Improving Safety and Quality for Surgery Patients
During their time in the operating room and in the days of recovery that follow, surgical patients are vulnerable and their safety is of prime importance.
It should come as no surprise then that health organizations and providers in Ontario have turned to a proven program of data gathering, program enhancements and culture change to improve the quality of the care they provide to surgery patients.
Improving Surgical Care in Ontario, a new report from Health Quality Ontario, documents the success shown by The Ontario Surgical Quality Improvement Network in its first 18 months.
The network is a group of Ontario hospitals, including 33 who are involved in what is known as the NSQIP-ON collaborative – institutions who use data supplied by the American College of Surgeons National Surgical Quality Improvement Program (ACS-NSQIP) to compare themselves with their peers and establish continued quality improvement programs. Or as Dr. Michael Lisi, chief of staff at Collingwood General and Marine Hospitals, puts it: “our hospital is joining forces with other leading hospitals to uncover new ways to help our patients get the best results from surgical treatment.”
Launched in January 2015, the Surgical Network has a strategy of combining this high quality data with the best evidence in surgical care and quality improvement methods to support a community of practice that would result in improved surgical outcomes.
To date, results from the Network show this approach has exceeded expectations.
It is worth noting that initial assessment of the ACS-NSQIP database showed that, compared to other participating hospitals, the Ontario collaborative is performing relatively well in many areas including the prevention of:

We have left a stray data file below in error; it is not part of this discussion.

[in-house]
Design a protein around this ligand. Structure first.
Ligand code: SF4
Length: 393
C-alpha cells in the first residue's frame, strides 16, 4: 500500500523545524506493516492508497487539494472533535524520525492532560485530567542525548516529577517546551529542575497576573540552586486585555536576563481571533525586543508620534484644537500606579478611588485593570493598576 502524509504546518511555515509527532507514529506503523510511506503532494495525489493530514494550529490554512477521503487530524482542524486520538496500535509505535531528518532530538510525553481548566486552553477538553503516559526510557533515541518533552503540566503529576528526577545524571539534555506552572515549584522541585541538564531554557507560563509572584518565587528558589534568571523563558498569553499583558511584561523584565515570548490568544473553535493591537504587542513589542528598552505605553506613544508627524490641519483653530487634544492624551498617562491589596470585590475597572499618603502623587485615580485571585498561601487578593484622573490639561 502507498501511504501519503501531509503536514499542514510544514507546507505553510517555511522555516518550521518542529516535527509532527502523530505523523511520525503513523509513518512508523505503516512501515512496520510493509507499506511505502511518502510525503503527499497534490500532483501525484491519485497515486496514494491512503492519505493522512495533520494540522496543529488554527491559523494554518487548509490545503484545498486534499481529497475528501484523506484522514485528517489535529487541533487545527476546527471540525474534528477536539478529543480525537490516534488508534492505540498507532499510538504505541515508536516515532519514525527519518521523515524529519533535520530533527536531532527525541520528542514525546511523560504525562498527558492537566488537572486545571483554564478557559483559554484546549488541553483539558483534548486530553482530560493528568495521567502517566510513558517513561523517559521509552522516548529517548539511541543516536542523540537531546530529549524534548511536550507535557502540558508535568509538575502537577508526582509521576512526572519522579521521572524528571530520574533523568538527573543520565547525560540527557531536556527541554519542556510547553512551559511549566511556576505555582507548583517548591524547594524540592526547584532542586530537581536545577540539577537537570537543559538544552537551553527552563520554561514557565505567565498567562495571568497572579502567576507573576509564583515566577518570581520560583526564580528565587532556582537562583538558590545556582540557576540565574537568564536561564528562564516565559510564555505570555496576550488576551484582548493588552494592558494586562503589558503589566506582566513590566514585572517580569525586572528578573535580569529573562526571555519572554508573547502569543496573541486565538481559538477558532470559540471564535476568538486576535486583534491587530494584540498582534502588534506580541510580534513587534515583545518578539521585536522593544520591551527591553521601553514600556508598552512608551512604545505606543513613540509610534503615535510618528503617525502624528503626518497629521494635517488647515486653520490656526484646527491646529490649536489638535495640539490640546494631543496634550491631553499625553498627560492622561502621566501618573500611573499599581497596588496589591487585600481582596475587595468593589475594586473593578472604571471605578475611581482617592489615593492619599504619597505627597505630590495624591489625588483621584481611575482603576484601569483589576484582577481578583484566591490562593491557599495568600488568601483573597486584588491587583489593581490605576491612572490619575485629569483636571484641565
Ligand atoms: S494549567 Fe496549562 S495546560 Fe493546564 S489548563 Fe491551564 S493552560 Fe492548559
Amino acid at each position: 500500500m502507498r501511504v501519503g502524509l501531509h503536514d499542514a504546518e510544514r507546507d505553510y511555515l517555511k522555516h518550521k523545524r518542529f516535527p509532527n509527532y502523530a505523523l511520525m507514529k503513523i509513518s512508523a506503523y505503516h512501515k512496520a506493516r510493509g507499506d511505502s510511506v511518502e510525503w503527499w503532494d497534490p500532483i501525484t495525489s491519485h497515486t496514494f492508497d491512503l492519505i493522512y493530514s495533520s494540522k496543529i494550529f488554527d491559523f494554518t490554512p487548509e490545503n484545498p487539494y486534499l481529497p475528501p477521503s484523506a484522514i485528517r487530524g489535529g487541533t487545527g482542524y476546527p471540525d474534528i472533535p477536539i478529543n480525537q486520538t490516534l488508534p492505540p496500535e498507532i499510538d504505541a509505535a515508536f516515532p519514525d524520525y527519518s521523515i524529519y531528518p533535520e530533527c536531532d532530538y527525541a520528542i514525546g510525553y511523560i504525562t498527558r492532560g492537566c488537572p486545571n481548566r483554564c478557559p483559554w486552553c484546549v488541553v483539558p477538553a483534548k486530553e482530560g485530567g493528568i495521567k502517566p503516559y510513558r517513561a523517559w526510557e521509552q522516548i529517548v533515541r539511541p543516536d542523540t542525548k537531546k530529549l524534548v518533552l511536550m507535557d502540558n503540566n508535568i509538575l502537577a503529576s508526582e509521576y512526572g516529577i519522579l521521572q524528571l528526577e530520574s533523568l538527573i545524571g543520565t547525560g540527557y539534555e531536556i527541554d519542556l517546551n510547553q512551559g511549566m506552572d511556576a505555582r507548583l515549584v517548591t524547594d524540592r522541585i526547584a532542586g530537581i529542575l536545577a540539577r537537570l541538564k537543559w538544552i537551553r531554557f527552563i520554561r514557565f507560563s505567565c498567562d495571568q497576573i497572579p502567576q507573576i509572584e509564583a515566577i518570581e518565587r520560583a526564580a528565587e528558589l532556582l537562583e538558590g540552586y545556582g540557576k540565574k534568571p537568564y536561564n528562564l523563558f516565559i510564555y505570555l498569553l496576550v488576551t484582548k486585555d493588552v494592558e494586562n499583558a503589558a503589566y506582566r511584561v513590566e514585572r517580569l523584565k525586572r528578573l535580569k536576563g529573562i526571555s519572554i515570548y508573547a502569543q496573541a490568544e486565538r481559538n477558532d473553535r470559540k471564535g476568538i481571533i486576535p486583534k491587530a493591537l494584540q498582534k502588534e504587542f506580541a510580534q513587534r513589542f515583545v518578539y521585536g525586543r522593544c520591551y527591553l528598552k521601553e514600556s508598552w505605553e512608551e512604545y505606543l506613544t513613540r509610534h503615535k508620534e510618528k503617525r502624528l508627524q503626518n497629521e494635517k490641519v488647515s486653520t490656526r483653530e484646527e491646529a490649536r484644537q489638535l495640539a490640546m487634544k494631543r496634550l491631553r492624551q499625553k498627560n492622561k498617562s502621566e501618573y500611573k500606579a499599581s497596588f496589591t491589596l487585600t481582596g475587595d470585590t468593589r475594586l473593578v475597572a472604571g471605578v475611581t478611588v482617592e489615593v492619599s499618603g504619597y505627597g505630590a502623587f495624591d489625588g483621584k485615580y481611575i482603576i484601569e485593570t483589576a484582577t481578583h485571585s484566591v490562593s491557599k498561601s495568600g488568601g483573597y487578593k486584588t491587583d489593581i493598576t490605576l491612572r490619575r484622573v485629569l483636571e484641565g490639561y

- Prolonged ventilation (ventilation > 48hrs)
- Unplanned intubation
- Need to return to the operating room
- Sepsis after surgery
However, on two key measures – surgical site infection and urinary tract infection – there was clearly room for improvement, as many hospitals in the collaborative had infection rates that were greater than the majority of comparator hospitals.
As a result of these baseline findings, 13 hospitals in the collaborative instituted targeted programs to reduce surgical site infection rates. Such interventions ranged from building effective teams and educating staff and patients, to appropriately removing hair at the surgical site and ensuring the appropriate use of prophylactic antibiotics.
By implementing these initiatives, the hospitals were able to reduce their surgical site infection rate from 3.9% in September 2015 to 3% at the end of September 2016, and many hospitals exceeded the targets they had set for improvement.
A similar success was documented by the four hospitals in the collaborative who identified urinary tract infections (UTIs) as a quality improvement focus. Overall, three of the four hospitals involved in this initiative saw a reduction of UTIs of 51%.
Another major initiative has been implementation of the Enhanced Recovery After Surgery (ERAS) pathways to improve recovery times and outcomes in patients having elective surgery. Being rolled out in 15 hospitals, it is anticipated this work will decrease peri-operative stress, post-operative pain, gastrointestinal problems and infection, and promote early recovery in Ontario’s surgical patients. These reductions in postoperative complications and accelerated recovery will lead to earlier discharge rates.
In support of the work done by the hospitals in the Surgical Network, has been the development of a community of practice. This community pf practice has provided a forum whereby surgeons, nurses, residents and quality improvement staff can come together regularly for in-person and virtual meetings to share information and best practices.
The report provides clear evidence this approach to surgical quality and safety is having a real impact, and with the momentum gained, the Surgical Network can now turn its sights to setting targets as a group.